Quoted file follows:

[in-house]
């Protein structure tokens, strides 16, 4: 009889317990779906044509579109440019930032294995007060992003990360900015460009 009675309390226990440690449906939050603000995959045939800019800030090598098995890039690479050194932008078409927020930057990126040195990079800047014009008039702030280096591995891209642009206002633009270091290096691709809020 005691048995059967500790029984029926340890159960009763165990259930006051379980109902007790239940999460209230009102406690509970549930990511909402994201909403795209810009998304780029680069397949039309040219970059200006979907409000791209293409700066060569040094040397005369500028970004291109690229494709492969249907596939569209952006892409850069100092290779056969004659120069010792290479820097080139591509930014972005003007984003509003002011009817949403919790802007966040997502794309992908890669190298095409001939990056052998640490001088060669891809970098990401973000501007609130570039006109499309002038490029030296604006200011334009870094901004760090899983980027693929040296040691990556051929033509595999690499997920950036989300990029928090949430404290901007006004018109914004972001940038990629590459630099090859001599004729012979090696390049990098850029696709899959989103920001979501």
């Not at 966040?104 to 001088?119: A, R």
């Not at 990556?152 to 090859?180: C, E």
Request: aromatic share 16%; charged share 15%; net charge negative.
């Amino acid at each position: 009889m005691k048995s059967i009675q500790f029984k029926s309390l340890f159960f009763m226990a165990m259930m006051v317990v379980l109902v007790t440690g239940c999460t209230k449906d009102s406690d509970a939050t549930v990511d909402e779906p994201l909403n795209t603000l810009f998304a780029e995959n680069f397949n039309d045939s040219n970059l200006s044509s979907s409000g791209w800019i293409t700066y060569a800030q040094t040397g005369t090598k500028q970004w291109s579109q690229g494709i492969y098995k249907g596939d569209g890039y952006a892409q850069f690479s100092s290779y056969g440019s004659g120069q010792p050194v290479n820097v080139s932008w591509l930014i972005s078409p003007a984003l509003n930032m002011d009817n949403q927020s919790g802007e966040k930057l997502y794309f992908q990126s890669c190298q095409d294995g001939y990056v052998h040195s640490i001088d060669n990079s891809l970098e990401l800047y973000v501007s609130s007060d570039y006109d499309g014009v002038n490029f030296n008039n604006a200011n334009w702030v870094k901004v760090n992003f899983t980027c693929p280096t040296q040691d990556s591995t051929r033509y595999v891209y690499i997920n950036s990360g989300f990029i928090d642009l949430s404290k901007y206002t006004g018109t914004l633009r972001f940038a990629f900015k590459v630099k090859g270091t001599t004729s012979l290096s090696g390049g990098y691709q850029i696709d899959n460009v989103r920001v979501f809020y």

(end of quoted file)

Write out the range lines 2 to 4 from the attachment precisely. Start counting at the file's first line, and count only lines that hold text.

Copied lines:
């Protein structure tokens, strides 16, 4: 009889317990779906044509579109440019930032294995007060992003990360900015460009 009675309390226990440690449906939050603000995959045939800019800030090598098995890039690479050194932008078409927020930057990126040195990079800047014009008039702030280096591995891209642009206002633009270091290096691709809020 005691048995059967500790029984029926340890159960009763165990259930006051379980109902007790239940999460209230009102406690509970549930990511909402994201909403795209810009998304780029680069397949039309040219970059200006979907409000791209293409700066060569040094040397005369500028970004291109690229494709492969249907596939569209952006892409850069100092290779056969004659120069010792290479820097080139591509930014972005003007984003509003002011009817949403919790802007966040997502794309992908890669190298095409001939990056052998640490001088060669891809970098990401973000501007609130570039006109499309002038490029030296604006200011334009870094901004760090899983980027693929040296040691990556051929033509595999690499997920950036989300990029928090949430404290901007006004018109914004972001940038990629590459630099090859001599004729012979090696390049990098850029696709899959989103920001979501």
């Not at 966040?104 to 001088?119: A, R």
């Not at 990556?152 to 090859?180: C, E």